Running the Race in Boston

The Boston Marathon, first held in 1897, is a time of joy.  People from all over the world gather in Boston every year on Patriots’ Day, the third Monday in April, to test their endurance and celebrate the nobility of the human spirit.  Usually 500,000 gather for the happy event, including about 20,000 registered runners.  On the third Monday of April, one of the best places in the world to be is the finish line in Boston.

Not this year.  As everyone now knows, at about 2:50 p.m. two bombs went off within twelve seconds of each other close to the finish line, killing three people and wounding many others, including children.  At time of this writing, Boston is a city in mourning, locked down and looking for the assailants.  Understandably, the police are scouring everything—the vast area now designated a crime scene, and surveillance footage from many cameras.  President Obama has promised that those responsible will be found and will feel the full weight of justice.

Though the words “terrorist attack” were not used in the President’s initial statement to the press, people from his office later confirmed that they are treating the events in Boston as an act of terror, given that the bomb explosions seem to have been coordinated.  It has been over a decade since the tragic and traumatic events of 9-11.  Vigilance has relaxed somewhat, and fear has subsided.  It has been a long time since America has come under a terrorist attack on its own soil.  News footage from Boston has renewed American vigilance.  The public is even now being warned to be aware of its surroundings.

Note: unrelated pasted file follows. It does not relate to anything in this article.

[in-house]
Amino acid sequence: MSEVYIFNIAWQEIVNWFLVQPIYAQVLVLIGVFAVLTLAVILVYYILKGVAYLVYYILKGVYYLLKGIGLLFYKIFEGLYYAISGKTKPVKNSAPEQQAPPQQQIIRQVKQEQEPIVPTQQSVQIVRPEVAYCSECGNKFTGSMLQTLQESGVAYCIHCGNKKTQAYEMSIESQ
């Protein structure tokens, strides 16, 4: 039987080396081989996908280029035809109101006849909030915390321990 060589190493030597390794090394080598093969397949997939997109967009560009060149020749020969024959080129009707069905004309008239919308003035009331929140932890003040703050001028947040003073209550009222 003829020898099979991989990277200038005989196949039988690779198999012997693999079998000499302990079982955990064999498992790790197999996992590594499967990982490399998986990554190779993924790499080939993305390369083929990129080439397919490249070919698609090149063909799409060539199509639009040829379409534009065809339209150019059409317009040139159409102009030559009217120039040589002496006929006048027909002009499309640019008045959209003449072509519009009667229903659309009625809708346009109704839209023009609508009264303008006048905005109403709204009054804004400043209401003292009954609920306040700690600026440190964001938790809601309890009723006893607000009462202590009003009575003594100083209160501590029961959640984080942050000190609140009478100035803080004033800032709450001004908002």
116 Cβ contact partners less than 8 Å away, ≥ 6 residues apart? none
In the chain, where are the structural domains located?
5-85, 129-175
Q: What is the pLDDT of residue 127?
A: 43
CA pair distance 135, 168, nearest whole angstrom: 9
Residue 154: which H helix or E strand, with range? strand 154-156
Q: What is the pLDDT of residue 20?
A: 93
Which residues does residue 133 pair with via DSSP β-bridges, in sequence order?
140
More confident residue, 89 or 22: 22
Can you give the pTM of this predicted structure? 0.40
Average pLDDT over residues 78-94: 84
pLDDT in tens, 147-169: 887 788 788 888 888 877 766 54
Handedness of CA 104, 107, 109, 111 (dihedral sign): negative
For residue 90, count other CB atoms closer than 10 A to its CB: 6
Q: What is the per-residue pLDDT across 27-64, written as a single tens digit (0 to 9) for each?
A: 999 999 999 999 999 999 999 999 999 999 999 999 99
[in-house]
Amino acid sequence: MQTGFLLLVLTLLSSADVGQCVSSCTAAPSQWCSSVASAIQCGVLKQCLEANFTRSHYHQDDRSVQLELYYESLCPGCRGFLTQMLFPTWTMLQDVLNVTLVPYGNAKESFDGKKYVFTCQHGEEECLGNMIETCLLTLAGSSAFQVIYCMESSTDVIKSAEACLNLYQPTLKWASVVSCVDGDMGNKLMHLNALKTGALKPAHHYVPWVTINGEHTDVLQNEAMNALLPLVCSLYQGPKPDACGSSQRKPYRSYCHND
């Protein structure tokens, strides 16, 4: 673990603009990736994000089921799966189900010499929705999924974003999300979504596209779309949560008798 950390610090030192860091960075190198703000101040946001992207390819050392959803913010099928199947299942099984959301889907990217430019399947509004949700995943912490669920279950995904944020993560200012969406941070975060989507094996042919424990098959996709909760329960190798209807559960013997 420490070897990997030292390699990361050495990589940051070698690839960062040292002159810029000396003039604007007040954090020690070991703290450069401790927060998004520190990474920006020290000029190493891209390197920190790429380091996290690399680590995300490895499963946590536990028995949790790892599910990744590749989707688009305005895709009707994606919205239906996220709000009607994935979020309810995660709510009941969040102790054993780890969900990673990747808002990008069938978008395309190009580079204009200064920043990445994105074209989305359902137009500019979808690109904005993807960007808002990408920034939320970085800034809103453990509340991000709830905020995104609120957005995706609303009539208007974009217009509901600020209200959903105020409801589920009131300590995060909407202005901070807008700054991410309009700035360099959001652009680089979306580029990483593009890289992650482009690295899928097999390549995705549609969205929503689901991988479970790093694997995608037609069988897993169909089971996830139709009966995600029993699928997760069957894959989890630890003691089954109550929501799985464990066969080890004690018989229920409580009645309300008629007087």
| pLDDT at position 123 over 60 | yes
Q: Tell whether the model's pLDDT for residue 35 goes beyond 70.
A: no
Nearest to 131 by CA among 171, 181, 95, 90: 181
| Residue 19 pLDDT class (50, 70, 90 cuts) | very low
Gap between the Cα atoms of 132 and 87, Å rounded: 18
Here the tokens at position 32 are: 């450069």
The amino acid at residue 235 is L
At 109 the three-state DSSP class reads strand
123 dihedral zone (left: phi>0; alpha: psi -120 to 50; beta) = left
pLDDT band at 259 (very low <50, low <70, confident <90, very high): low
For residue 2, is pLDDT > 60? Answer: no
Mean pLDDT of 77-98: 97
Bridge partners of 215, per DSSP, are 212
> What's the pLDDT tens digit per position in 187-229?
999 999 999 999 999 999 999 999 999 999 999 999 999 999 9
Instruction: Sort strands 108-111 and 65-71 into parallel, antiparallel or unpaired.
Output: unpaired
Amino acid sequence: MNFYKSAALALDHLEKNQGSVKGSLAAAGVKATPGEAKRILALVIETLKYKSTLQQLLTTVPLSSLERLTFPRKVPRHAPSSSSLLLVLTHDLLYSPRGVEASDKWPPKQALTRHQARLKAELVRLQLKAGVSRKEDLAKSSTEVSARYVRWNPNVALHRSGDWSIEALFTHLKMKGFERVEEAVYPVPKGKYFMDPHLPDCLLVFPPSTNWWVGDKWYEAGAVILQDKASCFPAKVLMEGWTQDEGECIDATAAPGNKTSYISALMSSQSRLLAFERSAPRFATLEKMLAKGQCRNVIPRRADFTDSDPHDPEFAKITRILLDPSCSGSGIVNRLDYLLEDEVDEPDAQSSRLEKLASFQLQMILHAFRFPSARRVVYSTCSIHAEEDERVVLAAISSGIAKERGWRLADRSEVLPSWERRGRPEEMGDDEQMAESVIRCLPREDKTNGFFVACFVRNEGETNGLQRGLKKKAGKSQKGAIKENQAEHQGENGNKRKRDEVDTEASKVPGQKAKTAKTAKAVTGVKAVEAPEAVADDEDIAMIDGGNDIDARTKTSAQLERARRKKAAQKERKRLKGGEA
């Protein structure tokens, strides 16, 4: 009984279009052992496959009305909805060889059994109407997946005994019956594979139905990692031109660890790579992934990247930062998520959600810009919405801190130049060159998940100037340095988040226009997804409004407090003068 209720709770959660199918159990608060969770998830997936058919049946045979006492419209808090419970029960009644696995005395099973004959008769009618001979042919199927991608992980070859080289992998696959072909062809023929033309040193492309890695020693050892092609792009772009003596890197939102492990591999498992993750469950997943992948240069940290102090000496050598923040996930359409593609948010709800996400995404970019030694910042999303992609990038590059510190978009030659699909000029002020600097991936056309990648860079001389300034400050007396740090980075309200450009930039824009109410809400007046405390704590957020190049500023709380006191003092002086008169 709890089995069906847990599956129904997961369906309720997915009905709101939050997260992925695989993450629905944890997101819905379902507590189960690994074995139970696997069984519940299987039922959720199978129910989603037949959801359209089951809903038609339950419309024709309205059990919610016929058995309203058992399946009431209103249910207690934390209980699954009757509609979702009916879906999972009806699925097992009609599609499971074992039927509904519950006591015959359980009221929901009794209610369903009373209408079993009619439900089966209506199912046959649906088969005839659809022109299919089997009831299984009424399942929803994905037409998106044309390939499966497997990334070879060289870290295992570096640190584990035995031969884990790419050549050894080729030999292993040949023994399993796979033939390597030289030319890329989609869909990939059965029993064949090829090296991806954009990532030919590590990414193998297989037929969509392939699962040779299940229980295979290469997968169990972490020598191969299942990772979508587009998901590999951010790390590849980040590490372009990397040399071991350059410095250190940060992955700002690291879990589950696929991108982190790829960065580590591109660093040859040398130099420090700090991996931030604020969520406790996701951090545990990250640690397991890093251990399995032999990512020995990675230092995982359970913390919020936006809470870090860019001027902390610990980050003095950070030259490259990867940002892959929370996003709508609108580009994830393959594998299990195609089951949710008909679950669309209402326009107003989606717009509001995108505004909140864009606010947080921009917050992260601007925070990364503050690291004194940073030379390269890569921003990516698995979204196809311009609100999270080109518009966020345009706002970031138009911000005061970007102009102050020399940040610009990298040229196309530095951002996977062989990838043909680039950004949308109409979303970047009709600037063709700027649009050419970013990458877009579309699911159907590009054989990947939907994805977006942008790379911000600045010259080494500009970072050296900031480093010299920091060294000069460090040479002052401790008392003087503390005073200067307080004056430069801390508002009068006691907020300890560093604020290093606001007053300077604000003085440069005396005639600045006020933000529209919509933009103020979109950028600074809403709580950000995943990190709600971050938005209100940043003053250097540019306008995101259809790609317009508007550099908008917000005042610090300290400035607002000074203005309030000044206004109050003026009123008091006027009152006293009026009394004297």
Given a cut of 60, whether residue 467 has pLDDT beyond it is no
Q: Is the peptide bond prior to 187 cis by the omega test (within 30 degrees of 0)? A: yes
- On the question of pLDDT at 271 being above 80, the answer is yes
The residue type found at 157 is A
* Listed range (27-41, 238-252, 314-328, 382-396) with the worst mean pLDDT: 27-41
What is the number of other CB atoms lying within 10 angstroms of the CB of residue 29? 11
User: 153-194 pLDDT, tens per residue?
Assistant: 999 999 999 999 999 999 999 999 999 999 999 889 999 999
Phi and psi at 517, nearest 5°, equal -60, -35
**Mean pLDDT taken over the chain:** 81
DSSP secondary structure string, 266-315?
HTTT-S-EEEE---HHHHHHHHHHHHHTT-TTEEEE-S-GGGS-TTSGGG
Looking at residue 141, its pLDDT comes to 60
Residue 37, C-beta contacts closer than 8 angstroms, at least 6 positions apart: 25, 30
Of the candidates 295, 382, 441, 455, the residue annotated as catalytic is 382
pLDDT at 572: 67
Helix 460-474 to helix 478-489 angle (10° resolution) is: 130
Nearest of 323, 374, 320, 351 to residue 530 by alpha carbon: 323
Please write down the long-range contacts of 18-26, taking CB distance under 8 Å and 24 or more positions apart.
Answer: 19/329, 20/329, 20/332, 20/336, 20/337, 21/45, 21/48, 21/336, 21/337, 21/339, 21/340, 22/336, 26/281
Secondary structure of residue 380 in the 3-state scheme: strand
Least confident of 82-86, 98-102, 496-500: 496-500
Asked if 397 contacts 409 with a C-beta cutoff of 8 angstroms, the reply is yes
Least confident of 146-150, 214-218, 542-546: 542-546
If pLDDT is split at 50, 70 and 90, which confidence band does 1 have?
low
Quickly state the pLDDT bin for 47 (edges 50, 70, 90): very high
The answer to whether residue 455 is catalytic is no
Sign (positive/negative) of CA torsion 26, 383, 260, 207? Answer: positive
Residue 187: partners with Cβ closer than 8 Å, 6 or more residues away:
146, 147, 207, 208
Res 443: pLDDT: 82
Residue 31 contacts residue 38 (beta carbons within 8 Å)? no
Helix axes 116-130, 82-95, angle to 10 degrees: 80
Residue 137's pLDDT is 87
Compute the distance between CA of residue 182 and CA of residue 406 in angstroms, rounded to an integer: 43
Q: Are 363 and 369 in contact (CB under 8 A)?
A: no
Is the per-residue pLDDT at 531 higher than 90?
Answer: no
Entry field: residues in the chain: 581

This is, of course, just common sense.  Even as children, we were warned to look both ways before crossing the street.  Vigilance is good, especially at times like these.  But as believers in Christ, we must also take care that vigilance does not degenerate into fear and rob us of our peace in Christ.  As the prophet Isaiah taught us, “You keep him in perfect peace whose mind is stayed on You” (Isaiah 26:3).

The truth is that we knew this was a dangerous world even before the bombs went off in Boston.  The world is torn and ravaged by disease, subject to accidents of nature and to the evils of men.  Women die in childbirth, babies die in infancy.  Tornadoes and floods work their carnage.  Wars slay multitudes of men, including innocent civilians.  The world into which we have been born is a scary one, and every life will, sooner or later, end in death.

Yet even in this world, God promises us peace if we look to Him.  The words of the Old Testament find their fulfillment in the New, and the Gospel renews the promise of the prophets:  “In the world you have tribulation,” Jesus said, “but be of good cheer—I have overcome the world” (John 16:33).  Recent events tempt us to look about nervously, to let fear fill our hearts.  What’s in that package that someone left by the road?  What’s in that bag?  What’s around the next corner?  It is possible to let fear rule us, so that our attention is claimed and held captive by unseen possibilities for terror.  The Gospel calls us to put our attention elsewhere as we run our own race:  “Let us run with perseverance the race that is set before us, looking to Jesus the pioneer and perfecter of our faith (Hebrews 12:1-2).  Whether we have ever set foot in Boston or have ever run a marathon, if we serve Christ, we have a race to run.  It began with our baptism, and has its finish line in the Kingdom of God, where the Lord is “seated at the right hand of the throne of God” (Hebrews 12:2).  As we run our race, let us not let fear dislodge our gaze from its proper Object, nor be afraid to cross the finish line.  If we keep our hearts rooted in Christ, we can have perfect peace, even in Boston.  When we cross our finish line, through whatever circumstances, be they inwardly peaceful or outwardly tragic, we enter into joy.  Nothing can change that—not falling towers in New York, not exploding bombs in Boston.  Let us run in peace, looking always to Jesus.